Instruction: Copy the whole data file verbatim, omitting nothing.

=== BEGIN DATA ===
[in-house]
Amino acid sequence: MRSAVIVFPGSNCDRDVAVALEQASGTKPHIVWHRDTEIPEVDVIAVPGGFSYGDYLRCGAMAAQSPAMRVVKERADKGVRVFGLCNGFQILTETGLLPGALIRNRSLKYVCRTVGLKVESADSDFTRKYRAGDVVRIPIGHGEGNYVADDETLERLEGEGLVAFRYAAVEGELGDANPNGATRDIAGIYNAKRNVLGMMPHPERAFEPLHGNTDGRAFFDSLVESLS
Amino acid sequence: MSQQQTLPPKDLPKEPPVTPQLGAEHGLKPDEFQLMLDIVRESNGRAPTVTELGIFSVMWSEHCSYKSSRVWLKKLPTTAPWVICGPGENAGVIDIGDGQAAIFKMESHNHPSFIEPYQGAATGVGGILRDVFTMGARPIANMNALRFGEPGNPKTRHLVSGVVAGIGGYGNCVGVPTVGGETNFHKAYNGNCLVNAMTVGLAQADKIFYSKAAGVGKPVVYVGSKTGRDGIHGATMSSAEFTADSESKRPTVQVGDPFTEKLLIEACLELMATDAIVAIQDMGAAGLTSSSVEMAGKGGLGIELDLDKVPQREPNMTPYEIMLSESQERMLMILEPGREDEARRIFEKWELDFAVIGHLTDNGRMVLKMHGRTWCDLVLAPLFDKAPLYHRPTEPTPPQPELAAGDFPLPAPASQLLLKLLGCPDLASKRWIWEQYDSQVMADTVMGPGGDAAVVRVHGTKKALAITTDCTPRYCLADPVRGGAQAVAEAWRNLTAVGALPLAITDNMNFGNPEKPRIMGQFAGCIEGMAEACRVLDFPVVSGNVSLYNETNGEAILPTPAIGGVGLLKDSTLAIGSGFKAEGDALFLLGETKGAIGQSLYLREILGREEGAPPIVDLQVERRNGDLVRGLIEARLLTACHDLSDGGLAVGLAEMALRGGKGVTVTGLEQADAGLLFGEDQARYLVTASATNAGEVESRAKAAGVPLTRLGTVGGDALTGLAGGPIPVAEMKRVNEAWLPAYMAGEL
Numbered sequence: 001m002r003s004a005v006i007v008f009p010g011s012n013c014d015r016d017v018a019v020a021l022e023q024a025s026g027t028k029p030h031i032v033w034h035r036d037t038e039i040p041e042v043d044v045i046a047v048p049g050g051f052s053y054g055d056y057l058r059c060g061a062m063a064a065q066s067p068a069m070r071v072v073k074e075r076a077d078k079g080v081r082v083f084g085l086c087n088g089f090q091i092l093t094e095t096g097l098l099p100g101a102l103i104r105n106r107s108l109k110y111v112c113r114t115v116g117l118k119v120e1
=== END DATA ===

[in-house]
Amino acid sequence: MRSAVIVFPGSNCDRDVAVALEQASGTKPHIVWHRDTEIPEVDVIAVPGGFSYGDYLRCGAMAAQSPAMRVVKERADKGVRVFGLCNGFQILTETGLLPGALIRNRSLKYVCRTVGLKVESADSDFTRKYRAGDVVRIPIGHGEGNYVADDETLERLEGEGLVAFRYAAVEGELGDANPNGATRDIAGIYNAKRNVLGMMPHPERAFEPLHGNTDGRAFFDSLVESLS
Amino acid sequence: MSQQQTLPPKDLPKEPPVTPQLGAEHGLKPDEFQLMLDIVRESNGRAPTVTELGIFSVMWSEHCSYKSSRVWLKKLPTTAPWVICGPGENAGVIDIGDGQAAIFKMESHNHPSFIEPYQGAATGVGGILRDVFTMGARPIANMNALRFGEPGNPKTRHLVSGVVAGIGGYGNCVGVPTVGGETNFHKAYNGNCLVNAMTVGLAQADKIFYSKAAGVGKPVVYVGSKTGRDGIHGATMSSAEFTADSESKRPTVQVGDPFTEKLLIEACLELMATDAIVAIQDMGAAGLTSSSVEMAGKGGLGIELDLDKVPQREPNMTPYEIMLSESQERMLMILEPGREDEARRIFEKWELDFAVIGHLTDNGRMVLKMHGRTWCDLVLAPLFDKAPLYHRPTEPTPPQPELAAGDFPLPAPASQLLLKLLGCPDLASKRWIWEQYDSQVMADTVMGPGGDAAVVRVHGTKKALAITTDCTPRYCLADPVRGGAQAVAEAWRNLTAVGALPLAITDNMNFGNPEKPRIMGQFAGCIEGMAEACRVLDFPVVSGNVSLYNETNGEAILPTPAIGGVGLLKDSTLAIGSGFKAEGDALFLLGETKGAIGQSLYLREILGREEGAPPIVDLQVERRNGDLVRGLIEARLLTACHDLSDGGLAVGLAEMALRGGKGVTVTGLEQADAGLLFGEDQARYLVTASATNAGEVESRAKAAGVPLTRLGTVGGDALTGLAGGPIPVAEMKRVNEAWLPAYMAGEL
Numbered sequence: 001m002r003s004a005v006i007v008f009p010g011s012n013c014d015r016d017v018a019v020a021l022e023q024a025s026g027t028k029p030h031i032v033w034h035r036d037t038e039i040p041e042v043d044v045i046a047v048p049g050g051f052s053y054g055d056y057l058r059c060g061a062m063a064a065q066s067p068a069m070r071v072v073k074e075r076a077d078k079g080v081r082v083f084g085l086c087n088g089f090q091i092l093t094e095t096g097l098l099p100g101a102l103i104r105n106r107s108l109k110y111v112c113r114t115v116g117l118k119v120e1